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Marshall Engineers, Facilities, Tools Contribute to Artemis Success

When the Space Launch System (SLS) lifts off from Earth with more power than any rocket NASA has ever built and soars toward the Moon for the Artemis I mission, it will be propelled by the knowledge, skill, and support of the people and programs at every NASA center across the country.

While Artemis is an agencywide effort, many of the people, programs, and facilities that built, tested, and readied the mega rocket and other key Artemis components for this next era of spaceflight are at Marshall Space Flight Center in Huntsville, Alabama.  Marshall has not only contributed to Artemis I, but teams are already building rockets and working on other technology and hardware needed for future missons that will land the first woman and the first person of color on the surface of the Moon, part of establishing a long-term lunar presence.

NASA’s Space Launch System (SLS) rocket with the Orion spacecraft aboard is seen atop a mobile launcher at Launch Pad 39B, Wednesday, Aug. 17, 2022, after being rolled out to the launch pad at NASA’s Kennedy Space Center in Florida.
NASA’s Space Launch System (SLS) rocket with the Orion spacecraft aboard is seen atop a mobile launcher at Launch Pad 39B, Wednesday, Aug. 17, 2022, after being rolled out to the launch pad at NASA’s Kennedy Space Center in Florida.
u003cstrongu003eu003cemu003eCredits: NASA/Joel Kowskyu003c/emu003eu003c/strongu003e

“Artemis I will carry a lot of the expertise, effort, and pride of our Marshall team members,” Marshall Director Jody Singer said. “From manufacturing and testing the bones and brains of the Space Launch System rocket, to supporting it through this flight and beyond, we are so proud to contribute to this historic achievement in our nation’s space program. Go Artemis!”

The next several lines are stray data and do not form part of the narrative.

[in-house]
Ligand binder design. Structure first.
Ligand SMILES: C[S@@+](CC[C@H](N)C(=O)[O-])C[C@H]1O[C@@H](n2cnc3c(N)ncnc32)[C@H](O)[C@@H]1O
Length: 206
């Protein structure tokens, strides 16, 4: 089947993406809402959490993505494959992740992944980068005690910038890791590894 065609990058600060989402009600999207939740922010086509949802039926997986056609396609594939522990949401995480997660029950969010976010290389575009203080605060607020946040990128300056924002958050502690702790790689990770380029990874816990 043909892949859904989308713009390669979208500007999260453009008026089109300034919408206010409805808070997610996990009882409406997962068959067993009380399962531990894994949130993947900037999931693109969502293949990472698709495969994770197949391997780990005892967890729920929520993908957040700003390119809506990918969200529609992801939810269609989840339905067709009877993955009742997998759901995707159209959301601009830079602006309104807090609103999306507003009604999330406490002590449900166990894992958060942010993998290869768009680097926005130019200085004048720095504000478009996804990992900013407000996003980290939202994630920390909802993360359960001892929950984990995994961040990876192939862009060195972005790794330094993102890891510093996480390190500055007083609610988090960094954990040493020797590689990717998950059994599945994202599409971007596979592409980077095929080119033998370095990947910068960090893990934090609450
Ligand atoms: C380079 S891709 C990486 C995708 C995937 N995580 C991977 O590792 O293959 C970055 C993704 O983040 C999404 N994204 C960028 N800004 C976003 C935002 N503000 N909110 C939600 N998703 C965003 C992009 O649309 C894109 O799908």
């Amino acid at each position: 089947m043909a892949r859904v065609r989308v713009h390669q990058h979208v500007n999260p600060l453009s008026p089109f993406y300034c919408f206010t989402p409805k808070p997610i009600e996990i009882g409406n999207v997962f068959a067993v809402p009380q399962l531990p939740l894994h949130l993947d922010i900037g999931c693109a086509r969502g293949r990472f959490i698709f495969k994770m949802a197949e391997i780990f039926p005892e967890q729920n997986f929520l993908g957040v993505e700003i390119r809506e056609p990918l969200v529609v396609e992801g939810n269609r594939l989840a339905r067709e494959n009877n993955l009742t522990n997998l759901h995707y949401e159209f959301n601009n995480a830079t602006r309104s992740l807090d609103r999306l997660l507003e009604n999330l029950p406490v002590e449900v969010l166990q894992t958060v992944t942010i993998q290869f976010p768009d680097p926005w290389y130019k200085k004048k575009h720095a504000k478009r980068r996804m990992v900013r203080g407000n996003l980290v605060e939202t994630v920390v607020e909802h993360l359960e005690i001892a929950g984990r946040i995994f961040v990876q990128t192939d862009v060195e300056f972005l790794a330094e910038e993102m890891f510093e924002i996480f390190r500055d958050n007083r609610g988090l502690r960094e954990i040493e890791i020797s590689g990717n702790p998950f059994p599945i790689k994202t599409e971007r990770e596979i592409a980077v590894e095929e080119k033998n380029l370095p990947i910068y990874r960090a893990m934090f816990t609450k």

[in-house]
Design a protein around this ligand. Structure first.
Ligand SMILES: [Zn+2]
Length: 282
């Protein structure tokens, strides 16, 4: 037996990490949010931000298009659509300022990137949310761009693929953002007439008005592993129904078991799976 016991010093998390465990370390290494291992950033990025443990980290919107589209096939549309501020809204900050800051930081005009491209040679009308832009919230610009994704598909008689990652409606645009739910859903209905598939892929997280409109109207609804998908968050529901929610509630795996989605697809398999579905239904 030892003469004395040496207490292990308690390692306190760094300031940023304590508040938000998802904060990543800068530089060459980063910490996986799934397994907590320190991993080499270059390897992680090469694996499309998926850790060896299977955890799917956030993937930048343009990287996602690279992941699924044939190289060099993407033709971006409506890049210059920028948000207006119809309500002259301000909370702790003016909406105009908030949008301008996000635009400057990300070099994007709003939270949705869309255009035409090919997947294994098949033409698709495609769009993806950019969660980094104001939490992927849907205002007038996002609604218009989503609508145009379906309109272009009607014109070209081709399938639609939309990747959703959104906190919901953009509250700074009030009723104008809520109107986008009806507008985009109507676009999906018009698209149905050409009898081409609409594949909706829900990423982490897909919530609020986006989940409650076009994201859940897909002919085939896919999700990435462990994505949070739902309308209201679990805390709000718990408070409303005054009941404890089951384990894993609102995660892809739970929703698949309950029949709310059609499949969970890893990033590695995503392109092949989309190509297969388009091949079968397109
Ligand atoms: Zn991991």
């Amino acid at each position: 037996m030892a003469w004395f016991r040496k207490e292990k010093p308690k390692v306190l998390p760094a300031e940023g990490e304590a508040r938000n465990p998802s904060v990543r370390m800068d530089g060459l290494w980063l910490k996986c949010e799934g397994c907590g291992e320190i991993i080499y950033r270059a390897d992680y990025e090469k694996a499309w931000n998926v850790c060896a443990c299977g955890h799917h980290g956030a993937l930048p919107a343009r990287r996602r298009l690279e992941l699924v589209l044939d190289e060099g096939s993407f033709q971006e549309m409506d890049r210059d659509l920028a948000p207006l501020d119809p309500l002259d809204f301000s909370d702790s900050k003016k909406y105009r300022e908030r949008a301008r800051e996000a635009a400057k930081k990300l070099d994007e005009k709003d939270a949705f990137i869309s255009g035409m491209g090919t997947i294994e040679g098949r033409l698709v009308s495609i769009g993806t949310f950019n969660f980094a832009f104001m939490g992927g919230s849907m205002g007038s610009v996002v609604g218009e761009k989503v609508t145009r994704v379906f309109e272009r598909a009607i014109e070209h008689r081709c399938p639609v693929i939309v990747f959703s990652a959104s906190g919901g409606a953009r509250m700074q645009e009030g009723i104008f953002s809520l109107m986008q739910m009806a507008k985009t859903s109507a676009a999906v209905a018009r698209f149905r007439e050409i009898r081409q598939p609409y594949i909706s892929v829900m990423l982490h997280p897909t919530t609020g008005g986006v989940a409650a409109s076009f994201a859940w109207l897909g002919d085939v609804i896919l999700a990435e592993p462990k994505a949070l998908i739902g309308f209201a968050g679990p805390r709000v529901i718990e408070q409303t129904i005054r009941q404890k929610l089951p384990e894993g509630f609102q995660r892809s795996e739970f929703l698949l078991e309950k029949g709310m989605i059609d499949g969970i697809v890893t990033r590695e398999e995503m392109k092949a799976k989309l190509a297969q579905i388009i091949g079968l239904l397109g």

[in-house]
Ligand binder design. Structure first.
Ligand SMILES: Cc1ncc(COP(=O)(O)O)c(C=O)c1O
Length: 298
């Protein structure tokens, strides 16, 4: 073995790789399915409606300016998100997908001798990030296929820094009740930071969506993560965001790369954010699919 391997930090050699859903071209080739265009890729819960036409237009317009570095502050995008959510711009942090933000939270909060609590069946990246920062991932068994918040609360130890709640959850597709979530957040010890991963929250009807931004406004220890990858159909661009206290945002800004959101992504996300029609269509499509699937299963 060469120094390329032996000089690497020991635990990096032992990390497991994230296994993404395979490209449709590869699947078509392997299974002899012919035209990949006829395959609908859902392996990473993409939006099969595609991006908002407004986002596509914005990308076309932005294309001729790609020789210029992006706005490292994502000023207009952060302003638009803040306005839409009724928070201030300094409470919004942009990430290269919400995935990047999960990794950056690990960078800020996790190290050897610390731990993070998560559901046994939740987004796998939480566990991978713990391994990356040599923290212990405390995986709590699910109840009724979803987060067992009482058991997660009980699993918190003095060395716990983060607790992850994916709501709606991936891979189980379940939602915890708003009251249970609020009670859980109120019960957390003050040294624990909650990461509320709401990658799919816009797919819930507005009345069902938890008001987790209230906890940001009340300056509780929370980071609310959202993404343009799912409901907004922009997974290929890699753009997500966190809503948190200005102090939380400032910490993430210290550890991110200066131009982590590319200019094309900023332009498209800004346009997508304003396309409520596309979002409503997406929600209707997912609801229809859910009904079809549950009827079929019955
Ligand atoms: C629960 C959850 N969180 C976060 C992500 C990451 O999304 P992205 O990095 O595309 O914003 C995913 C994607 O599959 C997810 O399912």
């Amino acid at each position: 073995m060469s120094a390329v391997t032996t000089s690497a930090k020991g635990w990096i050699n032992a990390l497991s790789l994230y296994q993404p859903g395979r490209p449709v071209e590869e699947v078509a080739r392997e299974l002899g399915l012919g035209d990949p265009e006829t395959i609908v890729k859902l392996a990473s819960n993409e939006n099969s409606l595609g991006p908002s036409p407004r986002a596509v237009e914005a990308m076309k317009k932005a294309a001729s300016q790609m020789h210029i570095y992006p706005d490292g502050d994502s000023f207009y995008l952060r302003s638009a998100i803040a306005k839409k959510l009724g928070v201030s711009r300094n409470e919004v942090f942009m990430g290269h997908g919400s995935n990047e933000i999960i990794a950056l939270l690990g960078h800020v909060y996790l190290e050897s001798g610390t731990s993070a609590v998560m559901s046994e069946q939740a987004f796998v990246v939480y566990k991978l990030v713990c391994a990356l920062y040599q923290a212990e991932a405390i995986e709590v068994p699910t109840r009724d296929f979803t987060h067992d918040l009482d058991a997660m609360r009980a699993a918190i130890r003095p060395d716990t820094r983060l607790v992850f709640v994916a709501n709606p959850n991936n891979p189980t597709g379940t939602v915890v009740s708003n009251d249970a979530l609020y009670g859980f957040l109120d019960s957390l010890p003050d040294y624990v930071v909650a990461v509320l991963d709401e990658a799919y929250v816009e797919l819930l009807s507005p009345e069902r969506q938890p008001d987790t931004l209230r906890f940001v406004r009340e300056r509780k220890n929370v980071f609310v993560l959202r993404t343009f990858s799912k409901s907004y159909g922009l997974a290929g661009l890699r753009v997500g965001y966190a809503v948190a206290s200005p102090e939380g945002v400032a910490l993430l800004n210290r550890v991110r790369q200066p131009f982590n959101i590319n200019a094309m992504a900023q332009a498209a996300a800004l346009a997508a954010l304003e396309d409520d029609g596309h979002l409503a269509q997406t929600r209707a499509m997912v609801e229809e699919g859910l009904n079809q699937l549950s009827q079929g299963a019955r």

Marshall is home to the Space Launch System Program Office, which leads the planning, design, development, testing, evaluation, production, and operation of the integrated launch vehicle. Marshall team members also developed and tested the flight software in-house and built key parts of the rocket in manufacturing facilities at Marshall and at Michoud Assembly Facility in New Orleans.

Marshall has a legacy of propelling NASA’s exploration through engineering, which is essential for a return to the Moon. Below are some of the many distinct facilities, tools, and hardware at Marshall that contributed to the Artemis I mission.

Facilities and Hardware

Orion Stage Adapter (OSA)
All 10 secondary payloads have been installed in the Space Launch System (SLS) rocket’s Orion stage adapter. The Orion stage adapter connects the SLS rocket to Orion and had slots built into it for the payloads.
u003cstrongu003eu003cemu003eCredits: NASAu003c/emu003eu003c/strongu003e

Marshall engineers have designed, developed, tested, and delivered SLS software that will tell the Artemis I rocket how to operate during its launch and ascent to orbit. The Systems Integration Lab/Systems Integration Test Facility allows engineers to fully simulate the integration of software and hardware systems prior to hardware manufacturing and test flight. Engineers also create and run end-to-end simulation environments that support the entire project life cycle. These unique capabilities ensure that software and hardware integrate seamlessly before vehicle manufacturing and assembly.